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From Ted Dunning <ted.dunn...@gmail.com>
Subject Re: Popularity of recommender items
Date Fri, 07 Feb 2014 00:35:28 GMT
Rising popularity is often a better match to what people want to see on a
"most popular" page.

The best measure for that in my experience is log (new_count + offset) /
(old_count + offset) where new and old counts are the number of views
during the periods in question and offset is used partly to avoid log(0) or
x/0 problems, but also to give a Bayesian grounding to the measure.




On Thu, Feb 6, 2014 at 5:33 PM, Sean Owen <srowen@gmail.com> wrote:

> Agree - I thought by asking for most popular you meant to look for apple
> pie.
>
> Agree with you and Ted that the sum of similarity says something
> interesting even if it is not popularity exactly.
> On Feb 6, 2014 11:16 AM, "Pat Ferrel" <pat@occamsmachete.com> wrote:
>
> > The problem with the usual preference count is that big hit items can be
> > overwhelmingly popular. If you want to know which ones the most people
> saw
> > and are likely to have an opinion about then this seems a good measure.
> But
> > these hugely popular items may not differentiate taste.
> >
> > So we calculate the “important” taste indicators with LLR. The benefit of
> > the similarity matrix is that it attempts to model the “important”
> > cooccurrences.
> >
> > There is an affect of hugely popular items where they really say nothing
> > about similarity of taste. Everyone likes motherhood and Apple pie so it
> > doesn’t say much about us if we both do to. This is usually accounted for
> > with something like TFIDF so I suppose another weighted popularity
> measure
> > would be to run the preference matrix through TFIDF to de-weight
> > non-differentiating preferences.
> >
> > On Feb 6, 2014, at 7:14 AM, Ted Dunning <ted.dunning@gmail.com> wrote:
> >
> > If you look at the indicator matrix (cooccurrence reduced by LLR), you
> will
> > usually have asymmetry due to limitations on the number of indicators per
> > row.
> >
> > This will give you some interesting results when you look at the column
> > sums.  I wouldn't call it popularity, but it is an interesting measure.
> >
> >
> >
> > On Thu, Feb 6, 2014 at 2:15 PM, Sean Owen <srowen@gmail.com> wrote:
> >
> > > I have always defined popularity as just the number of ratings/prefs,
> > > yes. You could rank on some kind of 'net promoter score' -- good
> > > ratings minus bad ratings -- though that becomes more like 'most
> > > liked'.
> > >
> > > How do you get popularity from similarity -- similarity to what?
> > > Ranking by sum of similarities seems more like a measure of how much
> > > the item is the 'centroid' of all items. Not necessarily most popular
> > > but 'least eccentric'.
> > >
> > >
> > > On Thu, Feb 6, 2014 at 7:41 AM, Tevfik Aytekin <
> tevfik.aytekin@gmail.com
> > >
> > > wrote:
> > >> Well, I think what you are suggesting is to define popularity as being
> > >> similar to other items. So in this way most popular items will be
> > >> those which are most similar to all other items, like the centroids in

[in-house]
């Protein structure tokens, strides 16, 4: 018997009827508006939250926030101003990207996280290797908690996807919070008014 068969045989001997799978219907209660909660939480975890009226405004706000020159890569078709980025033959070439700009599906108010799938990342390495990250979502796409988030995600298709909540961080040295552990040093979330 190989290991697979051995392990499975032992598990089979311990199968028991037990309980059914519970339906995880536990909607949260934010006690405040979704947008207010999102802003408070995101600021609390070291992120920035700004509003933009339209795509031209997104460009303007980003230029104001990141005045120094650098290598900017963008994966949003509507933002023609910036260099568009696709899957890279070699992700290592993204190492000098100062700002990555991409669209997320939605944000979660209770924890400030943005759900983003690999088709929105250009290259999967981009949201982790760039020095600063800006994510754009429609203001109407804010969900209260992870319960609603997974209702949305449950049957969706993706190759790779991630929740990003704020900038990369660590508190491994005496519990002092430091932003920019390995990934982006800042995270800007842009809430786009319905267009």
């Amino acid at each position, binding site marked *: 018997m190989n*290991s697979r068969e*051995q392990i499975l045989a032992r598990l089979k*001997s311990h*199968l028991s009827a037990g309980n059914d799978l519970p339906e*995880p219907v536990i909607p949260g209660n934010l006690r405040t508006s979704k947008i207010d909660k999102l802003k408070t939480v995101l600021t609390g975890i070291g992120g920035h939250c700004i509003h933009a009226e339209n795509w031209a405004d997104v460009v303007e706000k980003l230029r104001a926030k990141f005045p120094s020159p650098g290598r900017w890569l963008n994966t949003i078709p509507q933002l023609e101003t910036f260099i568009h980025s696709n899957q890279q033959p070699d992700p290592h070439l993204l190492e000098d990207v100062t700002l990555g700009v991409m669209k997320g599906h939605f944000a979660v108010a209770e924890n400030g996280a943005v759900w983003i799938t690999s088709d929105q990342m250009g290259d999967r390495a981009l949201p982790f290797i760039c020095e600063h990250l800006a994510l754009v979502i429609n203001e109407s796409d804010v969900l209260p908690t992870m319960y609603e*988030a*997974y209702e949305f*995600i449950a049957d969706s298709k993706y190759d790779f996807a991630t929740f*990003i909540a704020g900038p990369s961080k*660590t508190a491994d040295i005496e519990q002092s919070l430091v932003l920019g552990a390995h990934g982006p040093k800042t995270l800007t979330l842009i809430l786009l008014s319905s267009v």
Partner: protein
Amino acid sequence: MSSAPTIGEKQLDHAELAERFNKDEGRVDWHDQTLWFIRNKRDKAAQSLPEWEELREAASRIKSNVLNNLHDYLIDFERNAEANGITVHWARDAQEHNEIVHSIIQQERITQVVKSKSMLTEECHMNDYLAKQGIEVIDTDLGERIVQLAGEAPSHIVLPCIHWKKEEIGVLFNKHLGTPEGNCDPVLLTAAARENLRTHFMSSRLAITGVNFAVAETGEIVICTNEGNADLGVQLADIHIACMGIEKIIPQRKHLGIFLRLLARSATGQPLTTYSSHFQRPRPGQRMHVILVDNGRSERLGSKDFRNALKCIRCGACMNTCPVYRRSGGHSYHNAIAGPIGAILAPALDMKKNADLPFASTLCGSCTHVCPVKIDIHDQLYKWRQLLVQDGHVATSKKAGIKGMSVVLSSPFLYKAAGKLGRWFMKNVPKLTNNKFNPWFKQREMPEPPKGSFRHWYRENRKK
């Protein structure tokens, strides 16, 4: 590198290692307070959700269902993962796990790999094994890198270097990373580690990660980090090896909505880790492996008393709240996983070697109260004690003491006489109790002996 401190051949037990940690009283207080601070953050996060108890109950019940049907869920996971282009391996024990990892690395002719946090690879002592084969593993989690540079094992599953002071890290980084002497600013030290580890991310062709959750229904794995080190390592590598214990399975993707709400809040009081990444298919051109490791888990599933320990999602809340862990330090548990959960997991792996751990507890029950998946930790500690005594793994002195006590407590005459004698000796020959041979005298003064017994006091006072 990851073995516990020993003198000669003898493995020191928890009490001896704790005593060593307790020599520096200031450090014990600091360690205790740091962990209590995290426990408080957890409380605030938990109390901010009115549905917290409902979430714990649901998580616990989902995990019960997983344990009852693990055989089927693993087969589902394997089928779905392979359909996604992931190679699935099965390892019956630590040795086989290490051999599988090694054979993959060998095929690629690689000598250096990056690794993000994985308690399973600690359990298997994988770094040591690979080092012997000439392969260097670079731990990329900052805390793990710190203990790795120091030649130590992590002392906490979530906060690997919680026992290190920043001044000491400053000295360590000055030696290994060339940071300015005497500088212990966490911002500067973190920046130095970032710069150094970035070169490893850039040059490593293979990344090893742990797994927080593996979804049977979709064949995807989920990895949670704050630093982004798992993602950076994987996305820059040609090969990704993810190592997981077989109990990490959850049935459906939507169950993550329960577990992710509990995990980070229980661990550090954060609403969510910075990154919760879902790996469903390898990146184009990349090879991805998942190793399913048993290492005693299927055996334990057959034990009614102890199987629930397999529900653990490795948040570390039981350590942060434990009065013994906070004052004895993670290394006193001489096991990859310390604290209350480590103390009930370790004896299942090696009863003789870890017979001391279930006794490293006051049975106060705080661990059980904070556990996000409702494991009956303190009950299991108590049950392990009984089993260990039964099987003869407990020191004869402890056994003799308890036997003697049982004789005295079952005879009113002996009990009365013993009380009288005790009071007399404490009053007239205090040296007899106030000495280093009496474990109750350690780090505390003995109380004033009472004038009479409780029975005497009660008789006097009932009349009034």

> > >> K-means.
> > >>
> > >> I would first check the correlation between this definition and the
> > >> standard one (that is, the definition of popularity as having the
> > >> highest number of ratings). But my intuition is that they are
> > >> different things. For example. an item might lie at the center in the
> > >> similarity space but it might not be a popular item. However, there
> > >> might still be some correlation, it would be interesting to check it.
> > >>
> > >> hope it helps
> > >>
> > >>
> > >>
> > >>
> > >> On Wed, Feb 5, 2014 at 3:27 AM, Pat Ferrel <pat@occamsmachete.com>
> > > wrote:
> > >>> Trying to come up with a relative measure of popularity for items in
> a
> > > recommender. Something that could be used to rank items.
> > >>>
> > >>> The user - item preference matrix would be the obvious thought. Just
> > > add the number of preferences per item. Maybe transpose the preference
> > > matrix (the temp DRM created by the recommender), then for each row
> > vector
> > > (now that a row = item) grab the number of non zero preferences. This
> > > corresponds to the number of preferences, and would give one measure of
> > > popularity. In the case where the items are not boolean you'd sum the
> > > weights.
> > >>>
> > >>> However it might be a better idea to look at the item-item similarity
> > > matrix. It doesn't need to be transposed and contains the "important"
> > > similarities--as calculated by LLR for example. Here similarity means
> > > similarity in which users preferred an item. So summing the non-zero
> > > weights would give perhaps an even better relative "popularity"
> measure.
> > > For the same reason clustering the similarity matrix would yield
> > > "important" clusters.
> > >>>
> > >>> Anyone have intuition about this?
> > >>>
> > >>> I started to think about this because transposing the user-item
> matrix
> > > seems to yield a fromat that cannot be sent directly into clustering.
> > >
> >
> >
>

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